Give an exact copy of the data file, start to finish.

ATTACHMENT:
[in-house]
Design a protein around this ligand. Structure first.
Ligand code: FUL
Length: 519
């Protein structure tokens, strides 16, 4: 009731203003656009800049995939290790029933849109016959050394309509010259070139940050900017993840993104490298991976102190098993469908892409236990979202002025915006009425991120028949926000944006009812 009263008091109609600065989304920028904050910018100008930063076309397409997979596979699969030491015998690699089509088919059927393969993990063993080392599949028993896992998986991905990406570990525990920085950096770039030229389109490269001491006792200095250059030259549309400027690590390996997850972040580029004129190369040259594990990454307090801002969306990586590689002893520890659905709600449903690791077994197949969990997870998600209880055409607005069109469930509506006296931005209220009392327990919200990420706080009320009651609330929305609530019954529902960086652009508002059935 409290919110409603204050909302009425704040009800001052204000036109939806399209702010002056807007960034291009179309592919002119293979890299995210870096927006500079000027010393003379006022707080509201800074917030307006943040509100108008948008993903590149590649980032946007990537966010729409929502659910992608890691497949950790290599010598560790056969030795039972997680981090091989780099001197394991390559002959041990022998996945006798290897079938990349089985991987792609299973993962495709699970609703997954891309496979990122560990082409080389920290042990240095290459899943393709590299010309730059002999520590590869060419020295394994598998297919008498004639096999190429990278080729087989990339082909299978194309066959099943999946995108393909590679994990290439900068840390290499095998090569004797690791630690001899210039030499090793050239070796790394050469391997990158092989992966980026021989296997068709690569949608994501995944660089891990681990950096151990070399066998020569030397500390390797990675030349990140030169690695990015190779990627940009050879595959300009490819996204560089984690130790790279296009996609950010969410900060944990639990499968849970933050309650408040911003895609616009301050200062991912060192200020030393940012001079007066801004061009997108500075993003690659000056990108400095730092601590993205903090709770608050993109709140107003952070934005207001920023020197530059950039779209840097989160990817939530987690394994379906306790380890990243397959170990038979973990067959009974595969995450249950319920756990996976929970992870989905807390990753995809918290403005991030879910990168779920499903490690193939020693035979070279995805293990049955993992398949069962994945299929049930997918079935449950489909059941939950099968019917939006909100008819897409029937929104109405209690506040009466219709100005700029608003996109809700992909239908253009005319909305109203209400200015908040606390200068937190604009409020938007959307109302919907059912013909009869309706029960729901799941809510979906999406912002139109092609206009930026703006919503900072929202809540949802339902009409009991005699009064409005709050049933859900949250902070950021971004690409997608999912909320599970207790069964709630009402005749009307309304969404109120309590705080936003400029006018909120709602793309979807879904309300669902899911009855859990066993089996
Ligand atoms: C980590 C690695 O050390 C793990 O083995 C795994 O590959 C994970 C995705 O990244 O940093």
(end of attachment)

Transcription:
[in-house]
Design a protein around this ligand. Structure first.
Ligand code: FUL
Length: 519
């Protein structure tokens, strides 16, 4: 009731203003656009800049995939290790029933849109016959050394309509010259070139940050900017993840993104490298991976102190098993469908892409236990979202002025915006009425991120028949926000944006009812 009263008091109609600065989304920028904050910018100008930063076309397409997979596979699969030491015998690699089509088919059927393969993990063993080392599949028993896992998986991905990406570990525990920085950096770039030229389109490269001491006792200095250059030259549309400027690590390996997850972040580029004129190369040259594990990454307090801002969306990586590689002893520890659905709600449903690791077994197949969990997870998600209880055409607005069109469930509506006296931005209220009392327990919200990420706080009320009651609330929305609530019954529902960086652009508002059935 409290919110409603204050909302009425704040009800001052204000036109939806399209702010002056807007960034291009179309592919002119293979890299995210870096927006500079000027010393003379006022707080509201800074917030307006943040509100108008948008993903590149590649980032946007990537966010729409929502659910992608890691497949950790290599010598560790056969030795039972997680981090091989780099001197394991390559002959041990022998996945006798290897079938990349089985991987792609299973993962495709699970609703997954891309496979990122560990082409080389920290042990240095290459899943393709590299010309730059002999520590590869060419020295394994598998297919008498004639096999190429990278080729087989990339082909299978194309066959099943999946995108393909590679994990290439900068840390290499095998090569004797690791630690001899210039030499090793050239070796790394050469391997990158092989992966980026021989296997068709690569949608994501995944660089891990681990950096151990070399066998020569030397500390390797990675030349990140030169690695990015190779990627940009050879595959300009490819996204560089984690130790790279296009996609950010969410900060944990639990499968849970933050309650408040911003895609616009301050200062991912060192200020030393940012001079007066801004061009997108500075993003690659000056990108400095730092601590993205903090709770608050993109709140107003952070934005207001920023020197530059950039779209840097989160990817939530987690394994379906306790380890990243397959170990038979973990067959009974595969995450249950319920756990996976929970992870989905807390990753995809918290403005991030879910990168779920499903490690193939020693035979070279995805293990049955993992398949069962994945299929049930997918079935449950489909059941939950099968019917939006909100008819897409029937929104109405209690506040009466219709100005700029608003996109809700992909239908253009005319909305109203209400200015908040606390200068937190604009409020938007959307109302919907059912013909009869309706029960729901799941809510979906999406912002139109092609206009930026703006919503900072929202809540949802339902009409009991005699009064409005709050049933859900949250902070950021971004690409997608999912909320599970207790069964709630009402005749009307309304969404109120309590705080936003400029006018909120709602793309979807879904309300669902899911009855859990066993089996
Ligand atoms: C980590 C690695 O050390 C793990 O083995 C795994 O590959 C994970 C995705 O990244 O940093």